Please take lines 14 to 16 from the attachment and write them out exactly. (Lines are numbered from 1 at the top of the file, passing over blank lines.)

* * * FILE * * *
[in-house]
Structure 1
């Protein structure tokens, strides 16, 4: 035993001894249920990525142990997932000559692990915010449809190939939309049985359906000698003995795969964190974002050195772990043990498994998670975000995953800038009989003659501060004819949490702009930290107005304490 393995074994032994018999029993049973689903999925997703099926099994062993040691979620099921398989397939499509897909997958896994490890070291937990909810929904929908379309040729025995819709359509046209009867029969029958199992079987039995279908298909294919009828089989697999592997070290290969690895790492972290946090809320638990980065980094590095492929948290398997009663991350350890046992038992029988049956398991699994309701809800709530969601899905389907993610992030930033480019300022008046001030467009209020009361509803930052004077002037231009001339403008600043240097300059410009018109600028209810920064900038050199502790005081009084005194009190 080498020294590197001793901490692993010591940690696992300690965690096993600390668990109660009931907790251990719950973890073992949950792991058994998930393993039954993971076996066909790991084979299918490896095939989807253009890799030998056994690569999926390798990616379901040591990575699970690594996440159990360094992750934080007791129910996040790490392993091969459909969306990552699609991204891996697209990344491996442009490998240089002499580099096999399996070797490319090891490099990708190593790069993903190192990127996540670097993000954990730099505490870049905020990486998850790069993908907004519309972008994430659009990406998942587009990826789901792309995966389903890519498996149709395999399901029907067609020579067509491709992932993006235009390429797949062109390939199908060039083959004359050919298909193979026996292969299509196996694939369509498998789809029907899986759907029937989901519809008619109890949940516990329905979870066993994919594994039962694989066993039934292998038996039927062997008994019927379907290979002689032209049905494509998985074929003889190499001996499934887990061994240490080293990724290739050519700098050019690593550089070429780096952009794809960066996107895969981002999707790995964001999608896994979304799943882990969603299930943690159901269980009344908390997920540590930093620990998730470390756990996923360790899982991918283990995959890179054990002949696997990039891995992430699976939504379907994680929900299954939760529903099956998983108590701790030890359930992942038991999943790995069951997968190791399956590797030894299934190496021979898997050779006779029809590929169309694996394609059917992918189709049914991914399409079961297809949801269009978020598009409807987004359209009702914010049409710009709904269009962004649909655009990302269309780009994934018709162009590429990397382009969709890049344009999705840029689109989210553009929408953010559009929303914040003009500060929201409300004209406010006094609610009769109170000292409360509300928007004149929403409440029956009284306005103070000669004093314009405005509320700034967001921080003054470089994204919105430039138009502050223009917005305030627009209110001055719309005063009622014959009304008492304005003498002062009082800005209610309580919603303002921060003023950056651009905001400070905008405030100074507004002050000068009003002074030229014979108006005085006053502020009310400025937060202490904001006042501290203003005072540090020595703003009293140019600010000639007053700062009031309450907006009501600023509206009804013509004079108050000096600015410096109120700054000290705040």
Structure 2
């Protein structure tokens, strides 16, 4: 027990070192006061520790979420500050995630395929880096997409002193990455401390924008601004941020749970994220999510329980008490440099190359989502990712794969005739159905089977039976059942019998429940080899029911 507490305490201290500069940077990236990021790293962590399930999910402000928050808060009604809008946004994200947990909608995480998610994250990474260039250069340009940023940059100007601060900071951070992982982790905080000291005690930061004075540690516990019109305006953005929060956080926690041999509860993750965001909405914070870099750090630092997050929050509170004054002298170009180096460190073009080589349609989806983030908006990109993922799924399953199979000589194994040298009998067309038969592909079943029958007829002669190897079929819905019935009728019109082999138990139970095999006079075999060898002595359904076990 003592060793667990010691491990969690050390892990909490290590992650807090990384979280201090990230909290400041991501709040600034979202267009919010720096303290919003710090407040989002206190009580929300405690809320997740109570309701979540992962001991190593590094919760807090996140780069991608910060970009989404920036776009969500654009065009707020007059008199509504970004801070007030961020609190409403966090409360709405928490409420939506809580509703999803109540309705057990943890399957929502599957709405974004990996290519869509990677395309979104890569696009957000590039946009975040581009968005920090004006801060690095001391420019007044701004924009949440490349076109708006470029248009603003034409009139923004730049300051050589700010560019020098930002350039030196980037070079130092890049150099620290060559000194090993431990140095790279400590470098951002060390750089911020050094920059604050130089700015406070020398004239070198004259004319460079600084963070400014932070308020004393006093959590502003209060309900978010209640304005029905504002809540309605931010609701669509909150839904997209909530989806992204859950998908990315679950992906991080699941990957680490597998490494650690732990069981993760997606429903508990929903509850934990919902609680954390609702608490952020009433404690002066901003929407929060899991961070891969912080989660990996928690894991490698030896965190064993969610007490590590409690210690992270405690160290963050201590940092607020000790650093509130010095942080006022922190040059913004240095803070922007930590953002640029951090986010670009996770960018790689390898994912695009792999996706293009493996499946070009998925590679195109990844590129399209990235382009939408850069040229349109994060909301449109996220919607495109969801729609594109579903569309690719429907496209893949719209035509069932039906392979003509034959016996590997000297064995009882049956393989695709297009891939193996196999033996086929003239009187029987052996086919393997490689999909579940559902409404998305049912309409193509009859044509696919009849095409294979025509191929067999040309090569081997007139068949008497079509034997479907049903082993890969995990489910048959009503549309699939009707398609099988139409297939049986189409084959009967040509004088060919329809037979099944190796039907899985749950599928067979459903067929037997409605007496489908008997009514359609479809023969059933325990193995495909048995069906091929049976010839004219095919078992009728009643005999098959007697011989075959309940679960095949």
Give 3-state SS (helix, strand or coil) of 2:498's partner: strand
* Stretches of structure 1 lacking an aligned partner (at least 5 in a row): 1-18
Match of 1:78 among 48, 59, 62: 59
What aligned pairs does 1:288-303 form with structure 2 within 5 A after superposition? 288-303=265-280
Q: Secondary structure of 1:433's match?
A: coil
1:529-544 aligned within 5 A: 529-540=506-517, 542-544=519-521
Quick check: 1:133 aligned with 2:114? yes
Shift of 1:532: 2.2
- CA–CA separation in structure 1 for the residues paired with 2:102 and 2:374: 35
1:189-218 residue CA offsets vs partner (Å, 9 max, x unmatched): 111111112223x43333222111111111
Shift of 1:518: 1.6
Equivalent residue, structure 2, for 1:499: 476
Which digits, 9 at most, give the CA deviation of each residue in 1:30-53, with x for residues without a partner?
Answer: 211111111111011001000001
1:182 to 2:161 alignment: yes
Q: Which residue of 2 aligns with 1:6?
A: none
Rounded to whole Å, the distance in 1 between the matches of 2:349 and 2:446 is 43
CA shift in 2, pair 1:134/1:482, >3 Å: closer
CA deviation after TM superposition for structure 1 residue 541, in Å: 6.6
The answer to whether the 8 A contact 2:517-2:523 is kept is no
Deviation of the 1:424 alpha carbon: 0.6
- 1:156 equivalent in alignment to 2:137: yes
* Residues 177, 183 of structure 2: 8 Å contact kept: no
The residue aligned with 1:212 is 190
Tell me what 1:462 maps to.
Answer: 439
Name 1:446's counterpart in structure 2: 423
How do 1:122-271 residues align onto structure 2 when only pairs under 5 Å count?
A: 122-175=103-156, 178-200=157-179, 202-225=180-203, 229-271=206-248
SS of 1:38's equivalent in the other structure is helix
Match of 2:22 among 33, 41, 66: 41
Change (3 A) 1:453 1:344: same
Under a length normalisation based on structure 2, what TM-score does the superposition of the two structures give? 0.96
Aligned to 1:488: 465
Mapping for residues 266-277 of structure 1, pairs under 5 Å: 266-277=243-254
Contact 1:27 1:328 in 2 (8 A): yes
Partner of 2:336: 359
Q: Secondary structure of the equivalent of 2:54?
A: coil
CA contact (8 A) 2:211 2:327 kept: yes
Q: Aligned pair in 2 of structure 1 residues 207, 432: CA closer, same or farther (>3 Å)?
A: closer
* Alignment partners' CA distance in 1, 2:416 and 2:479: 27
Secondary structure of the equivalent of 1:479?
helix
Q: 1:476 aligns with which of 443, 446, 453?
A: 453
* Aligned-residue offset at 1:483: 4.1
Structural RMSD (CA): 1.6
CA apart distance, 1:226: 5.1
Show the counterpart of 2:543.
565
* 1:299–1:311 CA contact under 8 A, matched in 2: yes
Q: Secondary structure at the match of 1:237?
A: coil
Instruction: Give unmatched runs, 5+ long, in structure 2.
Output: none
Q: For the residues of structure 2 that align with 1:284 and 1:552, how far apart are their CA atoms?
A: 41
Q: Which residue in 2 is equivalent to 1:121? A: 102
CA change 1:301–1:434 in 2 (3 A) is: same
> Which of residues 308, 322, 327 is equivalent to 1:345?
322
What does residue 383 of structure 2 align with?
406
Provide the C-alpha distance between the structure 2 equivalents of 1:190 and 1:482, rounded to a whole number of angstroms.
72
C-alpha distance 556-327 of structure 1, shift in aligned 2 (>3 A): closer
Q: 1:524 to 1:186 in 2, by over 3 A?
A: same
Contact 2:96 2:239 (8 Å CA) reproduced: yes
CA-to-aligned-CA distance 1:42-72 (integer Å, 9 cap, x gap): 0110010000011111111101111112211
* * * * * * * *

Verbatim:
Shift of 1:532: 2.2
- CA–CA separation in structure 1 for the residues paired with 2:102 and 2:374: 35
1:189-218 residue CA offsets vs partner (Å, 9 max, x unmatched): 111111112223x43333222111111111